Arthur is frustrated with his family. Living with his younger brother Liam isn’t easy, and Arthur feels left out and overlooked. Until, that is, he opens the front door to find a polar bear called Mister P. The bear doesn’t talk, he’s pretty big and clumsy, and enormously scared of spiders, and yet somehow, through a great talent for keepie uppies, dancing, and hugs, he’s able to lend some help to families that need him.
Liam seems to be on the autistic spectrum, although this is never spelt out – the story is told from Arthur’s point of view. In this way, Farrer has managed to portray Liam sympathetically but also realistically, showing all the ways in which Liam annoys Arthur. Arthur moans about the restrictions on his life, such as the limited volume when watching football, the mode of transport to school etc, although the reader can see that these restrictions are only imposed by his parents because they simply want to protect, and do what’s right, by Liam.
This is a simplistic story for the seven plus age group – it’s blatantly obvious that Mister P’s arrival is to show Arthur how lucky he is, how to manage his family situation, that patience is a virtue, and that Liam is one of Arthur’s biggest fans. Some strange quirks come across – there’s a total lack of surprise or reaction by the rest of the world to the fact that a polar bear has arrived and can play football, and there is a slightly over-extended section in the middle of the book on a football game, but altogether this adds up to the book’s charm.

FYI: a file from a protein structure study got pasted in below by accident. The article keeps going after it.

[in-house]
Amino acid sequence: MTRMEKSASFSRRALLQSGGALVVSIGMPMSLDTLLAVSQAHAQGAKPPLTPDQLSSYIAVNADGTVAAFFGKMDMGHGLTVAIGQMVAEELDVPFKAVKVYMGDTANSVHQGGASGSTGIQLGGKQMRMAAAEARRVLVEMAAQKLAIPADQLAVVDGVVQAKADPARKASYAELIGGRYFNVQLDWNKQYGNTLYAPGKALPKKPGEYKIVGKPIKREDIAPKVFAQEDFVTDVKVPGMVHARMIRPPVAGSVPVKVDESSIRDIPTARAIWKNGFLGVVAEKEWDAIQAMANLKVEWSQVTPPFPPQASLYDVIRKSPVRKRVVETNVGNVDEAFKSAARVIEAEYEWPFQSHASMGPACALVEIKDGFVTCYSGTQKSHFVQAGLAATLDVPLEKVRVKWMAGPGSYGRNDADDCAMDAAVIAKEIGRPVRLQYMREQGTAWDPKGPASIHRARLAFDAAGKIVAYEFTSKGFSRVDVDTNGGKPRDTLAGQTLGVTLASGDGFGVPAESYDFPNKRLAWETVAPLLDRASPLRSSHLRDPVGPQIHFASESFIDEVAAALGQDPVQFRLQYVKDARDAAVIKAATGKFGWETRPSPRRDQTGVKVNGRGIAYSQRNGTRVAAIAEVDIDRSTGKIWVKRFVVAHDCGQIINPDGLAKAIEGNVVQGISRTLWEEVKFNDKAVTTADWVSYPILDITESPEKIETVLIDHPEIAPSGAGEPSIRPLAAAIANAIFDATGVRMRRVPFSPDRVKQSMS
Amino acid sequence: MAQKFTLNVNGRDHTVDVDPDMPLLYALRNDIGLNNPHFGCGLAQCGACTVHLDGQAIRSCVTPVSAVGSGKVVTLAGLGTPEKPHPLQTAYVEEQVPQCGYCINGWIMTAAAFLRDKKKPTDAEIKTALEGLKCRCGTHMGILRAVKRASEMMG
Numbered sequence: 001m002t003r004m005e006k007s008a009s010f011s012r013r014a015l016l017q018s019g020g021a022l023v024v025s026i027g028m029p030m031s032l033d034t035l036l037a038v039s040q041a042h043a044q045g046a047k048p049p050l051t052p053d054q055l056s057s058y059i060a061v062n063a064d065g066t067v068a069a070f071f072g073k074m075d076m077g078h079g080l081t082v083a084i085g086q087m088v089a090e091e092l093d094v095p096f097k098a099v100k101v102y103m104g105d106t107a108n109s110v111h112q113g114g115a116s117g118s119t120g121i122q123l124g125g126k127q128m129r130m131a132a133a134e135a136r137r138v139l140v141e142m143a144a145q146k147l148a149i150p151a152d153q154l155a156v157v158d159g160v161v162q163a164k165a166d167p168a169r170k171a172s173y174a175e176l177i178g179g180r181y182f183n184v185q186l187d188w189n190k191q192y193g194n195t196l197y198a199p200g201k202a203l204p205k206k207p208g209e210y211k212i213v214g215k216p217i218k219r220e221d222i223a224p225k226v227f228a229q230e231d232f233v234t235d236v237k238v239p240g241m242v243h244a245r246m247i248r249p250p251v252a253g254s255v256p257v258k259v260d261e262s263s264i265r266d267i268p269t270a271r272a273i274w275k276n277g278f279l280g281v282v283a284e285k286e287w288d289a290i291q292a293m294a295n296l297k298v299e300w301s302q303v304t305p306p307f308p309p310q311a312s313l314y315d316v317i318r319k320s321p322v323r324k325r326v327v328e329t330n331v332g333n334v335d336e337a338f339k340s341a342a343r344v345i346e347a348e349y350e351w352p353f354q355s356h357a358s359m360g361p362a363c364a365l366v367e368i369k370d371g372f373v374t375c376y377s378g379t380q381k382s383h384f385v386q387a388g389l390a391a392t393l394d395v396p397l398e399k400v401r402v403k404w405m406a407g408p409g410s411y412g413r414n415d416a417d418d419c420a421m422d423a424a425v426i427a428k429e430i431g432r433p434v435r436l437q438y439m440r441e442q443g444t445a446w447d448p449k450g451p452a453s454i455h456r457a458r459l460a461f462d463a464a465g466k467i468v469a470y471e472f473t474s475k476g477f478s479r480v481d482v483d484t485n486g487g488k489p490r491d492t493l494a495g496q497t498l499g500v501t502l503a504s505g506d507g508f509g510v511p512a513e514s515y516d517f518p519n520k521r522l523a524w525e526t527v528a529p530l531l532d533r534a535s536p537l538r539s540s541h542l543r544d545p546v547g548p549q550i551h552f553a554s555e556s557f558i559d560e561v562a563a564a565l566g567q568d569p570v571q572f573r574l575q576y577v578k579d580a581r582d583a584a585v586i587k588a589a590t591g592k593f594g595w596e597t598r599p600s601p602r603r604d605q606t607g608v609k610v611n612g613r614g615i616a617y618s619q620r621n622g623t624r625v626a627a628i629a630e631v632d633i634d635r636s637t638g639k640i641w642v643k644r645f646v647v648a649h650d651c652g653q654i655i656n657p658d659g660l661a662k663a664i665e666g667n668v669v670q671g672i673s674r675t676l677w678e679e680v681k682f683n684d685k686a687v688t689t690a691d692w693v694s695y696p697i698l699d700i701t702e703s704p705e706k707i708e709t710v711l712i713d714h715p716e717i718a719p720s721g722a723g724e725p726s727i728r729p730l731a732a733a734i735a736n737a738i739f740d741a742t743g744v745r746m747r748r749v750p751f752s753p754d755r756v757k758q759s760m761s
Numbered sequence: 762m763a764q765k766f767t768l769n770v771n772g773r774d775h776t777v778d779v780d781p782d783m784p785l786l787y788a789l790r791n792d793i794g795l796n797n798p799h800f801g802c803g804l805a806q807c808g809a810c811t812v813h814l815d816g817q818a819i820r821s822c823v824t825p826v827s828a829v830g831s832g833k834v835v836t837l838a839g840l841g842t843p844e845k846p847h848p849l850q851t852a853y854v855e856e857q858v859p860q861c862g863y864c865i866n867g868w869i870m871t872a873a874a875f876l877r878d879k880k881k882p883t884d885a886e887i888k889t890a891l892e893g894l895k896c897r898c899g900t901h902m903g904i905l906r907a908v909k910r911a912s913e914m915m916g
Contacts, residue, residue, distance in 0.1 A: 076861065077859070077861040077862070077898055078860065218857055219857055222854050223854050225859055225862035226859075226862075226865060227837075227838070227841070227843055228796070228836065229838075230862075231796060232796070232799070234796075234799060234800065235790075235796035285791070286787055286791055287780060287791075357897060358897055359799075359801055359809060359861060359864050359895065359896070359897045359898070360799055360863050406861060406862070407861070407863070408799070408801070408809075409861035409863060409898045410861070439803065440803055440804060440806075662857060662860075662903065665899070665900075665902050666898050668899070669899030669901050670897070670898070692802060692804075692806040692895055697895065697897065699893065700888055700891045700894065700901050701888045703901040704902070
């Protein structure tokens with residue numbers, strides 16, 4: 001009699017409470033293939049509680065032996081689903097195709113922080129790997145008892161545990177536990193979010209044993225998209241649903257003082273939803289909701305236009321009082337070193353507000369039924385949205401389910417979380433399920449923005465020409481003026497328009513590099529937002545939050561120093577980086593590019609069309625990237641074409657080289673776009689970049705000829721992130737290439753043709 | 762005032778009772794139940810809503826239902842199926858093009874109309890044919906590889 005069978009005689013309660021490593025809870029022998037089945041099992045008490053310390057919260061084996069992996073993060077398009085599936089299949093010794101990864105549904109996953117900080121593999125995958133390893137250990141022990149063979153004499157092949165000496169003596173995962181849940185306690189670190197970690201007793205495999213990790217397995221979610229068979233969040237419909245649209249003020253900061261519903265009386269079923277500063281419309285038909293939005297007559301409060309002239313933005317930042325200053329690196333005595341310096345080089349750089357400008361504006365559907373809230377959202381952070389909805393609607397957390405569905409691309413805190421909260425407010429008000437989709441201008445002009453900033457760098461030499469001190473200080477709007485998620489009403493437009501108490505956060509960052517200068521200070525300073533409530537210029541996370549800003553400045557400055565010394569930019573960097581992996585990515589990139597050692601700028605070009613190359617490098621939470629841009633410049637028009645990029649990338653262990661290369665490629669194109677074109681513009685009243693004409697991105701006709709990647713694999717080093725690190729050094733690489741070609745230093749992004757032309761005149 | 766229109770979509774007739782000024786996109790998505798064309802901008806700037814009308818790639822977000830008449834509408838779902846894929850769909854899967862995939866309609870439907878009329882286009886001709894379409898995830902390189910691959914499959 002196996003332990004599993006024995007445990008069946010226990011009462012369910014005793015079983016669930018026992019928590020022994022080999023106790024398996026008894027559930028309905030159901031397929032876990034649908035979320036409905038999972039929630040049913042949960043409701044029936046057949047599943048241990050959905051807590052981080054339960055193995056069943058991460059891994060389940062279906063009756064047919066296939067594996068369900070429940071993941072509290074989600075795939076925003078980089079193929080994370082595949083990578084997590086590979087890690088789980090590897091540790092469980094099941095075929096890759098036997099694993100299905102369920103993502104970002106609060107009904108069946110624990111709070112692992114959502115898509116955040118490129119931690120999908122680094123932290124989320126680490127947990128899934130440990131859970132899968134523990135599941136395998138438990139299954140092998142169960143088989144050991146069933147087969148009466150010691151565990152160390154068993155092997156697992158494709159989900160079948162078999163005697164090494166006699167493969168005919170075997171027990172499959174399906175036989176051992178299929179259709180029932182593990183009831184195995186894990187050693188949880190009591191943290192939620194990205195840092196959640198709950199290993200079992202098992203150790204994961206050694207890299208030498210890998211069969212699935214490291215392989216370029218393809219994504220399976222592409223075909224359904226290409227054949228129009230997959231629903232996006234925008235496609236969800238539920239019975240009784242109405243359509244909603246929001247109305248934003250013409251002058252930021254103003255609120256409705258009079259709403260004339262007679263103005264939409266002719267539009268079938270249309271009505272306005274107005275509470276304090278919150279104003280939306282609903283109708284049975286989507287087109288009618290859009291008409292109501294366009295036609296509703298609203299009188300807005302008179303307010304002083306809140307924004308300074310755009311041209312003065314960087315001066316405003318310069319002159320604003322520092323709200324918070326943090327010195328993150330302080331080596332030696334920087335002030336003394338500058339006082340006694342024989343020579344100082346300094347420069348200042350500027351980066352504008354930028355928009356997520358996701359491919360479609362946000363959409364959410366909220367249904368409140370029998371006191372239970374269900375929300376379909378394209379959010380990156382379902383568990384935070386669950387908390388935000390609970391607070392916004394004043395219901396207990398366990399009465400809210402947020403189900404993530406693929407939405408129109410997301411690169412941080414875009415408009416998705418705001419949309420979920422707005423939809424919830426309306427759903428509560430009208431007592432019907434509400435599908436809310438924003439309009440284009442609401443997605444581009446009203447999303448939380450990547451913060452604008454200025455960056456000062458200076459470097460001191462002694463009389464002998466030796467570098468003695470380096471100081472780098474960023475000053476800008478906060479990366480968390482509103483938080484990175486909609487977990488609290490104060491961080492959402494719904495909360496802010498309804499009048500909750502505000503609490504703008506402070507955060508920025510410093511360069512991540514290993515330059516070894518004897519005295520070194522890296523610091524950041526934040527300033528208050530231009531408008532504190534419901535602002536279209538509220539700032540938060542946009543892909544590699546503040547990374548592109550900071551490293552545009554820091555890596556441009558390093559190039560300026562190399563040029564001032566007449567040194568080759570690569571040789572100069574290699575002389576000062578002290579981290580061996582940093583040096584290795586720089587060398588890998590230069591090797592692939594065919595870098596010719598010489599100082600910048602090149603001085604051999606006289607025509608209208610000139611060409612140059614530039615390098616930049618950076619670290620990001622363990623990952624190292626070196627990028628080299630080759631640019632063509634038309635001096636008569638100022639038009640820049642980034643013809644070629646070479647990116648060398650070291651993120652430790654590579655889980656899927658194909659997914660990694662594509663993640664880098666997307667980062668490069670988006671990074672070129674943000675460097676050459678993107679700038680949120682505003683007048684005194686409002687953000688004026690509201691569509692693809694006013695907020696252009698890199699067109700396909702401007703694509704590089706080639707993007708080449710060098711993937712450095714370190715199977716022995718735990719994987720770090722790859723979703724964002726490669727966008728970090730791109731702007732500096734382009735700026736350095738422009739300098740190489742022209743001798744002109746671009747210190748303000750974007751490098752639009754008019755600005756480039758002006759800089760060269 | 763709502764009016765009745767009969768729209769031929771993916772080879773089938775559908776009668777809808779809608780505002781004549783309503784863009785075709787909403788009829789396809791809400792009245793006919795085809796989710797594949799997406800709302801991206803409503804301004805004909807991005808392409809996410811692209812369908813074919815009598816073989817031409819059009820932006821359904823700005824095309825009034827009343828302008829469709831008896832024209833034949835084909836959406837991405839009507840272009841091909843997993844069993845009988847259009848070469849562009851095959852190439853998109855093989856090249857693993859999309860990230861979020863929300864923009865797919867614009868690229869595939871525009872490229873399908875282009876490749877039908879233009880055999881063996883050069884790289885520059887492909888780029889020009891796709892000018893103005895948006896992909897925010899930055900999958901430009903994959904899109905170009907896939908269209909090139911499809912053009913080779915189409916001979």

It’s the little moments that draw Arthur and Liam together, which pull on the heartstrings. Children at this age do often need reminding that for all their annoyances, their siblings are their friends – and will be loyal and dependable, as well as mainly, awfully good fun.
There’s nothing startlingly new about this of course. Animals, teddy bears, created ‘other’ personas or imaginary friends, have long been used in children’s literature to bring siblings together, from Aslan to Paddington; or they have been employed to help a child deal with a tricky situation until they’re no longer needed, from Brigg’s The Bear (another polar) to Skellig, and Mary Poppins. I still retain warm memories of George by Agnes Sligh Turnbull, a now out-of-print book, that tells of George, a talking rabbit who helps Milly and Tommy – especially with their arithmetic!
But there’s a warmth and naturalness that oozes from the writing in Me and Mister P, as well as scenes that are punctuated in a wonderfully low key way by Rieley’s illustrations. A full double page is awarded to the illustration of Mister P in the back of a truck on his way to the football, complete with headphones and team scarf. Rieley has been set quite a task here – a polar bear adept at football – and it works both humorously and with pathos.
It’s a fun book, massively endearing, with much heart. There are even a few scattered facts about polar bears at the end of the book – perhaps to encourage readers to find out more about them, and learn to protect them. For although of course we’d all love to snuggle up with a glossy furry bear who solves our problems, we need to make sure that polar bears don’t become imaginary creatures, but rather remain a plentiful species that inhabits the Arctic.
For newly independent readers, but also great to share with little ones at bedtime. You can buy it here.